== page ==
LAS VEGAS, NV - JUNE 01: (R-L) Martin Kampmann hits Jake Ellenberger with a knee in a welterweight bout during The Ultimate Fighter Live Finale at the Pearl Theater at the Palms Casino Resort on June 1, 2012 in Las Vegas, Nevada. (Photo by Josh Hedges/Zuffa LLC via Getty Images)
While it wasn't given a huge promotional push, two of the most talented welterweights in the world battled last night (June 1, 2012) as Martin Kampmann took on Jake Ellenberger in the main event of The Ultimate Fighter (TUF) Live Finale in Las Vegas, Nevada.
Ellenberger entered the bout as a rightful favorite, having won six straight bouts in the Ultimate Fighting Championship (UFC) and possessing what many consider the most powerful fists in the entire division.
He would put Kampmann in some serious trouble on a couple occasions, but "The Hitman" showcased some incredible recovery and not only fought back valiantly, but actually scored a dramatic come-from-behind stoppage finish.
So how did Kampmann pull off the upset? And what happens next for both elite welterweights?
Follow me after the jump for our Martin Kampmann vs. Jake Ellenber Ultimate Fighter Live Finale post-fight review and analysis:
Kampmann has a reputation for being a slow starter and Ellenberger nearly made him pay early, cracking the Dane on the chin with a huge left hand during an opening flurry that sent "The Hitman" reeling to the canvas against the fence in the opening 30 seconds of the fight.
"The Juggernaut" wildly began throwing punches on the ground, hoping to score that big swarming knockout, but all he really did was give Kampmann an opportunity to rest, relax and recover back to 100 percent.
Ellenberger was only capable of finishing the bout in the immediate follow-up to dropping the Dane, and once Kampmann had recovered and was fishing for a guillotine choke, he was forced to back off and actually let "The Hitman" back to his feet.
The tides would turn early in the second round as Kampmann blasted Ellenberger with a sharp right hand, backing him into the fence where he would attempt to swarm him with a flurry of strikes, but he actually found himself in a shoot out as "The Juggernaught" traded heavy leather, connecting heavily on the Xtreme Couture fighter's nose and busting him up for about the 100th time of his career.
Despite seemingly having Kampmann hurt, Ellenberger backed off and reset, allowing the Dane to recover and start stalking him. Despite bleeding profusely, it was Kampmann who became the aggressor and the fight would turn in the blink of an eye just seconds later.
As Ellenberger again started to lunge inside, Kampmann caught him by surprise with a short right hand which put the Nebraska native on rubbery legs.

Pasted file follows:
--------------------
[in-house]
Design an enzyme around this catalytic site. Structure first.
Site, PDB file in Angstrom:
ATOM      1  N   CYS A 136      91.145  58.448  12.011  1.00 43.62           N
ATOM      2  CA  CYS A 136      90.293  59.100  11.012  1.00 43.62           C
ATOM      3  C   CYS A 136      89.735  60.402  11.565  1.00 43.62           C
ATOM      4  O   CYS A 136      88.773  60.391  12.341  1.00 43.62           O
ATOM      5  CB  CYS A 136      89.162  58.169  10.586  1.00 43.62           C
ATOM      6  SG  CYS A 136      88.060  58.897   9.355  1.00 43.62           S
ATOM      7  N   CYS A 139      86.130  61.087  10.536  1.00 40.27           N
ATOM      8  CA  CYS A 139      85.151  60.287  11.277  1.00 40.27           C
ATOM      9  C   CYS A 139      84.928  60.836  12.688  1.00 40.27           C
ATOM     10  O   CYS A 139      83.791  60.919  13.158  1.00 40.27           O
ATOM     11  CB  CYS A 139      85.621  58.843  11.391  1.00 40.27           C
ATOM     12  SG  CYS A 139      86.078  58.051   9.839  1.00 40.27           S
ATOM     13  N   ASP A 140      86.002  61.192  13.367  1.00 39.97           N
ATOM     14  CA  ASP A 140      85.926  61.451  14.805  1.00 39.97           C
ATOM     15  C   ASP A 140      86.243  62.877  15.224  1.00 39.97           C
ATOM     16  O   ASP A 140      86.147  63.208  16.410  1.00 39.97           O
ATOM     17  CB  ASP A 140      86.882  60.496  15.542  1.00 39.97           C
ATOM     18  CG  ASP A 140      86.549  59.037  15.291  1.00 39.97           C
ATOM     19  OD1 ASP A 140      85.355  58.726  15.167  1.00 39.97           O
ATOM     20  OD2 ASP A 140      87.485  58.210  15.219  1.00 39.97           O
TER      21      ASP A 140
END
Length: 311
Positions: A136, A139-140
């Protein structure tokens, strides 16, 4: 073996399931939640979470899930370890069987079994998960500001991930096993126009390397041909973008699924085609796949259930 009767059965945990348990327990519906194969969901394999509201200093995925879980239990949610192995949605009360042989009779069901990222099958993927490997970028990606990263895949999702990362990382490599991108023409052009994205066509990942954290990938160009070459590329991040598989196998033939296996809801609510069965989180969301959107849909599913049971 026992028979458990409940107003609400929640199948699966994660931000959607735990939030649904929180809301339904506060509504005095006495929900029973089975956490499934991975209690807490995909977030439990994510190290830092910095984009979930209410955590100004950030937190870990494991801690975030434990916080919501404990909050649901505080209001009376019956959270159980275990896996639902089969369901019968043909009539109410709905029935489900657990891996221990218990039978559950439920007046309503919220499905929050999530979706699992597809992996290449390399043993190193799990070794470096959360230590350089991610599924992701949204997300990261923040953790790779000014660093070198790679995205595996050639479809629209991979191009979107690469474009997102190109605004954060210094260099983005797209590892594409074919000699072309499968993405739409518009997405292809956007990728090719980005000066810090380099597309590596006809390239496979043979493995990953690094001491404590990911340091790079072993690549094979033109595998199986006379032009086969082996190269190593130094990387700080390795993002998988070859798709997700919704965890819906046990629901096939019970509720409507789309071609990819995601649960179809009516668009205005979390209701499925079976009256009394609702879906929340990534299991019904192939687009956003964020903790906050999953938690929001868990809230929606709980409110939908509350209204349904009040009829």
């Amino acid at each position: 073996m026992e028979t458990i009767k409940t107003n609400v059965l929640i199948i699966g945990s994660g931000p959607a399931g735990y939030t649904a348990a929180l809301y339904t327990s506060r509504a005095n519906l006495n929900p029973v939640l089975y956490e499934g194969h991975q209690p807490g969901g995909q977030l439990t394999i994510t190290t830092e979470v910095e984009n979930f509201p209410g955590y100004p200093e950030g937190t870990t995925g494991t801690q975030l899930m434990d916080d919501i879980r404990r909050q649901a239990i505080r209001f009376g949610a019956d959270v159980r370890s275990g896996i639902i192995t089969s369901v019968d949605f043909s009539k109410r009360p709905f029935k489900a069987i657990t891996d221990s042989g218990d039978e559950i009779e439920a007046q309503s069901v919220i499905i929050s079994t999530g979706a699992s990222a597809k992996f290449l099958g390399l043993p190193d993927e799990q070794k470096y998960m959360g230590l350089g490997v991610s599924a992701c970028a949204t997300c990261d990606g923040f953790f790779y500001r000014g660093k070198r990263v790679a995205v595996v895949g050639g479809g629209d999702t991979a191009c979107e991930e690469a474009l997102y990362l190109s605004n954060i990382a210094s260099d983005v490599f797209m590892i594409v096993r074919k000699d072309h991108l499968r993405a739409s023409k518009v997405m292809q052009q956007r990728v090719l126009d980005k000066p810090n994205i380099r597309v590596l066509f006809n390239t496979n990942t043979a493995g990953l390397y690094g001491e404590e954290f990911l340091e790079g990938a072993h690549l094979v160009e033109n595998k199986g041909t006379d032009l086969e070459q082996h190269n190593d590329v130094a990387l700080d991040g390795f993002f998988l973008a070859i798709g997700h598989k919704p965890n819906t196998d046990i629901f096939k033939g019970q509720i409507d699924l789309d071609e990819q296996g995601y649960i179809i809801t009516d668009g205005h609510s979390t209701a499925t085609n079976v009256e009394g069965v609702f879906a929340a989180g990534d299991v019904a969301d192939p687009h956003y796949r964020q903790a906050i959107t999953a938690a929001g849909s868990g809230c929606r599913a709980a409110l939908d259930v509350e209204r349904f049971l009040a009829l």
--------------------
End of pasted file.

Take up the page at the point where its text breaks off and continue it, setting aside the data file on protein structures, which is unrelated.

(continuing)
Smelling blood, Kampmann charged forwards, putting Ellenberger into a Thai clinch and battering him with a trio of knees. The latter of the knees sent "The Juggernaut" crashing to the canvas where, after three brief follow-up strikes, the referee stepped in and dragged Kampmann off. It was a tremendous come-from-behind performance by the dangerous Dane.
For Jake Ellenberger, his power was just as dangerous as ever. No one has put Martin Kampmann in that much trouble so early into a fight before, but his problem isn't his stand-up, it's just about everything else. When he had Kampmann hurt, he did not secure a decent position on the ground where he could finish him off with strikes, instead charging in wildly and giving Kampmann all the time in the world he needed to recover. Also, once Kampmann had gotten his wits back, there was no way Ellenberger was going to hurt him again on the ground, but he stuck around there for at least another two minutes anyways.
By giving Kampmann all that time to recover instead of forcing him to stand and trade again quickly, he completely blew an opportunity to potentially take the Xtreme Couture fighter out. Ellenberger isn't much of a "stand-and-trade" type of fighter in the pocket. He prefers to initiate by lunging forward and connecting with power but in doing so, he became predictable. Once Kampmann started stalking, his short right hand was actually walked right into by Ellenberger which set up the finishing sequence.
Despite being finished on the big stage, Ellenberger still has all the potential in the world. I wouldn't be surprised to see him fight someone like Josh Koscheck next or perhaps someone like Thiago Alves (once he heals up) or perhaps the upcoming loser of the Charlie Brenneman vs. Erick Silva fight.
For Martin Kampmann, no one can doubt his toughness. Time and time again he gets hit and not only bounces back, but this is the second fight in a row in which he came back and scored a finish. Other than that opening sequence, he was never in any real danger for the remainder of the fight and that's incredibly impressive against a powerhouse like Ellenberger. His recovery and response to being hurt was impeccable and his counter striking in the second round was as good as it's ever been.
It seems like the UFC is really pushing a number one contender fight against Johny Hendricks next for Kampmann. With Carlos Condit waiting on the sidelines for Georges St. Pierre, that honestly is the only fight that makes sense at this point in time.
So what did you think, Maniacs?
Was your jaw on the floor after Kampmann not only survived that opening flurry but came back and won? Did you ever think that "The Hitman" would stop Ellenberger via strikes? Is he championship material?